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spore

(pl. spores)

Terms discussed: ascospore (pl. ascospores), basidiospore (pl. basidiospores), chlamydospore (pl. chlamydospores), endosporium, episporium, exosporium, mesosporium, peripheral envelope, perisporium, zygospore (pl. zygospores)




Image of Cantharellus from Joseph Henri Léveillé (1837) Sur le hymenium des champignons in Annales des Sciences Naturelles. Botanique
Cantharellus
The spore is the basic reproductive unit of a fungus. It serves the same role in the fungal life-cycle that seeds do in the life-cycle of a plant. The difference between a spore and a seed is that a seed contains an embryo, a tiny miniature plant. A spore, on the other hand, contains only genetic material, completely undifferentiated. Spores have proven to be a popular reproductive strategy, used by mosses, oomycetes, slime molds, and other more exotic creatures - - all the kingdoms, in fact, except for animals.

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Septate Antennaria spores
Antennaria
Most spores are only a single cell, but some fungi have spores that are divided into more than one cell. The spores of this Antennaria are also considered ascospores, since they are grown in asci. Spores grown on basidia are known as basidiospores. The other most common or standard type of spore, the conidium, is discussed separately.

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Image of Asterophora parasitica from Christian Gottfried Daniel Nees von Esenbeck & A. C. F. Henry (1837) Das System der Pilze: part one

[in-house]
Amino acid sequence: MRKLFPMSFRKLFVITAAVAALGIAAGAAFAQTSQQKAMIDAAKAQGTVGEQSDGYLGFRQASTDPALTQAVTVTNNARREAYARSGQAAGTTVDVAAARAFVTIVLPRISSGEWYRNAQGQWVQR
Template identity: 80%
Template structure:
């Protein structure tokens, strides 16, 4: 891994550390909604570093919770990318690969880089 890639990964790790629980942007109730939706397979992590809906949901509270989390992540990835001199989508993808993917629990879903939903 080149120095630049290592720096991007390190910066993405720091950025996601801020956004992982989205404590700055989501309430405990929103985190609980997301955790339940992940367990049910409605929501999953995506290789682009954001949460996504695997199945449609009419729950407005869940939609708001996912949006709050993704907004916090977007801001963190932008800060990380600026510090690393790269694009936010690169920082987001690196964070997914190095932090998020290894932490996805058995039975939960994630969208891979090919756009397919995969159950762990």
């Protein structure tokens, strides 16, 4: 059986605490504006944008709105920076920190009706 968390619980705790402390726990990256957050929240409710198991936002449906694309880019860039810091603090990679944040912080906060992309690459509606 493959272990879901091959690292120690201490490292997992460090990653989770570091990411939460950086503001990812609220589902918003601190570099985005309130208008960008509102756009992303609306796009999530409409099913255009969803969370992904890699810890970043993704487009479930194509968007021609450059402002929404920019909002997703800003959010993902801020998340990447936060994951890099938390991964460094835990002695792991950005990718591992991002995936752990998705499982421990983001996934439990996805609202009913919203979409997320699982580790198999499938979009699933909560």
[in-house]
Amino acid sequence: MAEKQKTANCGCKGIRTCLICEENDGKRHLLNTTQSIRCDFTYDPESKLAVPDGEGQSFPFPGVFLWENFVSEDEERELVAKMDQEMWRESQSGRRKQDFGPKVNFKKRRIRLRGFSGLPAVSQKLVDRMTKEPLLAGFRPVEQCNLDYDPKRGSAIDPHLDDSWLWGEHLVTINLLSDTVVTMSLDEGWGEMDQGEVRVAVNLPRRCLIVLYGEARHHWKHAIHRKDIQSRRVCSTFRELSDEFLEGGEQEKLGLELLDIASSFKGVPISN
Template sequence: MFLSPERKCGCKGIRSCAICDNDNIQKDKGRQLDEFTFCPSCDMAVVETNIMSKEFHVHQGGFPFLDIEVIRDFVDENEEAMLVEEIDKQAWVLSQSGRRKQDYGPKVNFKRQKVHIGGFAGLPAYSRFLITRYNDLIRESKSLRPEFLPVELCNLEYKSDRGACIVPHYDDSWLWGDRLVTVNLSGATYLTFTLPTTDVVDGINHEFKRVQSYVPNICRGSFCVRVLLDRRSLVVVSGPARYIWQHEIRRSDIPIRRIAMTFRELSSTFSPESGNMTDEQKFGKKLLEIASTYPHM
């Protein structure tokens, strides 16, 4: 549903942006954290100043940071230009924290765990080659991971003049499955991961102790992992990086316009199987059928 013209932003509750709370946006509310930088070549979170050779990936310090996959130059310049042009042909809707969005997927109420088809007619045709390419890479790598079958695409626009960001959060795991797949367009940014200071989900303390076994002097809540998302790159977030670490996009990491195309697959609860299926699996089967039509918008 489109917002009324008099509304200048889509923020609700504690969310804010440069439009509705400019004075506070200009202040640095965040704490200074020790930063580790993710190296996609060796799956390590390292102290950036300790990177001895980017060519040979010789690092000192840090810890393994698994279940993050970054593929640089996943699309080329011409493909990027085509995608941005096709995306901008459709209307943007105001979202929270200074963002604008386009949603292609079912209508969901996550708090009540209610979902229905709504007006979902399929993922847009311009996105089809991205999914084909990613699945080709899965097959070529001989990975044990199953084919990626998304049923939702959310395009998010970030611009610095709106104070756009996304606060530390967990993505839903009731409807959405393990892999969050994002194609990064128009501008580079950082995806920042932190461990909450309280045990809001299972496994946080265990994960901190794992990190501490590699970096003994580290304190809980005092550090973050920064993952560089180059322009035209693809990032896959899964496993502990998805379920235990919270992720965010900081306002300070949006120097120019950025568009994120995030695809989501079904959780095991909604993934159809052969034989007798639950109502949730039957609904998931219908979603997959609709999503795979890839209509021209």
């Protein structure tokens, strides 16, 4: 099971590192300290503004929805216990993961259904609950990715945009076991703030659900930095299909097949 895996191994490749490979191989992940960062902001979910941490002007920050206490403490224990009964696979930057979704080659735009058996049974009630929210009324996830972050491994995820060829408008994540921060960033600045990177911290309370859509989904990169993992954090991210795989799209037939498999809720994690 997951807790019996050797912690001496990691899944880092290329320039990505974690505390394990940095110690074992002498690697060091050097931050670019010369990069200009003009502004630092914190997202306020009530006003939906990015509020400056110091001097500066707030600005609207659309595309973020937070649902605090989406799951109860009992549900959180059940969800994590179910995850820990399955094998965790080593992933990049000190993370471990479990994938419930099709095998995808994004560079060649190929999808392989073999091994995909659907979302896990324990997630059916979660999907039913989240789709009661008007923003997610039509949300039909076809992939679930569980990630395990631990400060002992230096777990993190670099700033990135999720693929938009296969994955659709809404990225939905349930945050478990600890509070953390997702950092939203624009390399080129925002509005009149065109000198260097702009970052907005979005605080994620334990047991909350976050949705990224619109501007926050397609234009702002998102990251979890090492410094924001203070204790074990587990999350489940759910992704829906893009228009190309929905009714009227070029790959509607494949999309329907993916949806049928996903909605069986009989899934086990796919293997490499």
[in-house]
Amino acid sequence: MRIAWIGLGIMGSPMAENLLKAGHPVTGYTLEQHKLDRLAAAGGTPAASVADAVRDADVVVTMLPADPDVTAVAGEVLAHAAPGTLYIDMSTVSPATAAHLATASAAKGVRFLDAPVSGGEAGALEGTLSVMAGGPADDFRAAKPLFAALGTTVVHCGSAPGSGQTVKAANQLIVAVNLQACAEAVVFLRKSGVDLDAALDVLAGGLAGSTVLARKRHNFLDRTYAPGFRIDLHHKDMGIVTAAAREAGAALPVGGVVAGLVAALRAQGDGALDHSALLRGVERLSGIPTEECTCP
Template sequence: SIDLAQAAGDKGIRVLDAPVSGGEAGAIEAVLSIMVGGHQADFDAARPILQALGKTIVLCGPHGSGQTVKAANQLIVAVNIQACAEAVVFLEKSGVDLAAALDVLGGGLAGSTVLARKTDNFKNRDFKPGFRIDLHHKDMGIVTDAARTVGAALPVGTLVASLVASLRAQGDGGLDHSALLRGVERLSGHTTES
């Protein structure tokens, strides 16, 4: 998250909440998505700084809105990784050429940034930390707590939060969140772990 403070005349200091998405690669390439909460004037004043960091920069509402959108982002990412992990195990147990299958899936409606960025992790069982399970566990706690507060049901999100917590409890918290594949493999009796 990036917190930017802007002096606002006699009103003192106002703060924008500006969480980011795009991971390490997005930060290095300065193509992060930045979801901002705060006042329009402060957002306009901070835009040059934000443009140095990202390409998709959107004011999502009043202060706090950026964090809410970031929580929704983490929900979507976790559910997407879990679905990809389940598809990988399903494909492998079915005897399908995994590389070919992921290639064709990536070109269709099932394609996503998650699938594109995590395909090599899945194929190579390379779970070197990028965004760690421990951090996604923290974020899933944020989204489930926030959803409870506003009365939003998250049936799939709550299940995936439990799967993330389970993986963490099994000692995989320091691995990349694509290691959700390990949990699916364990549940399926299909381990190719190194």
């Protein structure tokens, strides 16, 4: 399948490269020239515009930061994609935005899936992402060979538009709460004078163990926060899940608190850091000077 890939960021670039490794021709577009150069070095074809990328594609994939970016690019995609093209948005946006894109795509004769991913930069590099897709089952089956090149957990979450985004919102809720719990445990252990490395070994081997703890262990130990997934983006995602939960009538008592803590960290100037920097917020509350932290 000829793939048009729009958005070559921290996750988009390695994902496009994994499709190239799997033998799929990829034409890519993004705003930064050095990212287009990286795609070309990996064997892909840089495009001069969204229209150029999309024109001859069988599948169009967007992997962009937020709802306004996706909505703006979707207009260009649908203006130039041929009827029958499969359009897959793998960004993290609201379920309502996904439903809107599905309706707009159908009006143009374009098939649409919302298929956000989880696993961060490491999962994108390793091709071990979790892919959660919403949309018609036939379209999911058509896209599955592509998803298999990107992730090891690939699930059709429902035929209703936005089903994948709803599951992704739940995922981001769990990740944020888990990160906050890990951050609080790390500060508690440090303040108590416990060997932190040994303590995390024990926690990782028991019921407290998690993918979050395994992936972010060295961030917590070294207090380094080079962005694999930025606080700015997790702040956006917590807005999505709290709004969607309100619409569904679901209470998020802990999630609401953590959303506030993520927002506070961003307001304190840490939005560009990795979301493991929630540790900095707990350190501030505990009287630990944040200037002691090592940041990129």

Asterophora parasitica
Chlamydospores are a specialized type of spore: they are larger than the standard spores produced by that fungus, and have a very thick wall. Chlamydospores are usually darkly pigmented; here the caps of the smaller mushrooms are breaking up into a brownish powder composed of chlamydospores. Chlamydospores can be asexual (and technically, thus, a kind of conidium), or sexual.

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Image of Zygomycetes from Christian Gottfried Daniel Nees von Esenbeck & A. C. F. Henry (1837) Das System der Pilze: part one
Zygomycetes
A zygospore is a special type of chlamydospore arising from sexual conjugation between two fungi. In addition to being thick-walled and darkly colored, a zygospore is usually heavily ornamented as well, with many spines or ridges. It is formed between two specialized organs called suspensors, which are themselves usually heavily ornamented, one from each mating partner. The zygospore forms between them and then breaks away, a process which is illustrated in #3-5 of the picture. Zygospores give their name to an entire phylum of the kingdom of fungi, the Zygomycota. Zygospore formation was the first activity to be used as evidence for sexuality in fungi.

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"Normal", sexual spores are haploid, or, more accurately monokaryons. I assume that conidia, chlamydospores, and zygospores are also monokaryons, but there's no logical reason they couldn't be dikaryons. I don't know of any place where this question is addressed.

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Image of Tulostoma from Jean Louis Émile Boudier (1904 - 1909) Icones mycologicae ou iconographie des champignons de France, principalement Discomycètes
Tulostoma
Sometimes the spore wall has several layers. Of these the endosporium is the innermost, and is usually quite thin. Sometimes the developing spore is enveloped by a membrane called a perisporium, which usually sloughs off as the spore matures; R. Heim, in his R. Heim (1931) Le genre Inocybe that this should be called the peripheral envelope instead, at when talking about Inocybes. The episporium is considered the fundamental layer of the spore wall; it is the thickest, gives rise to whatever ornamentation there is, and is also responsible for the spore's color. The mesosporium sometimes occurs, in between the episporium and the endosporium; and the exosporium sometimes covers the episporium (and is pierced by its ornamentation) but is in turn covered by the perisporium.

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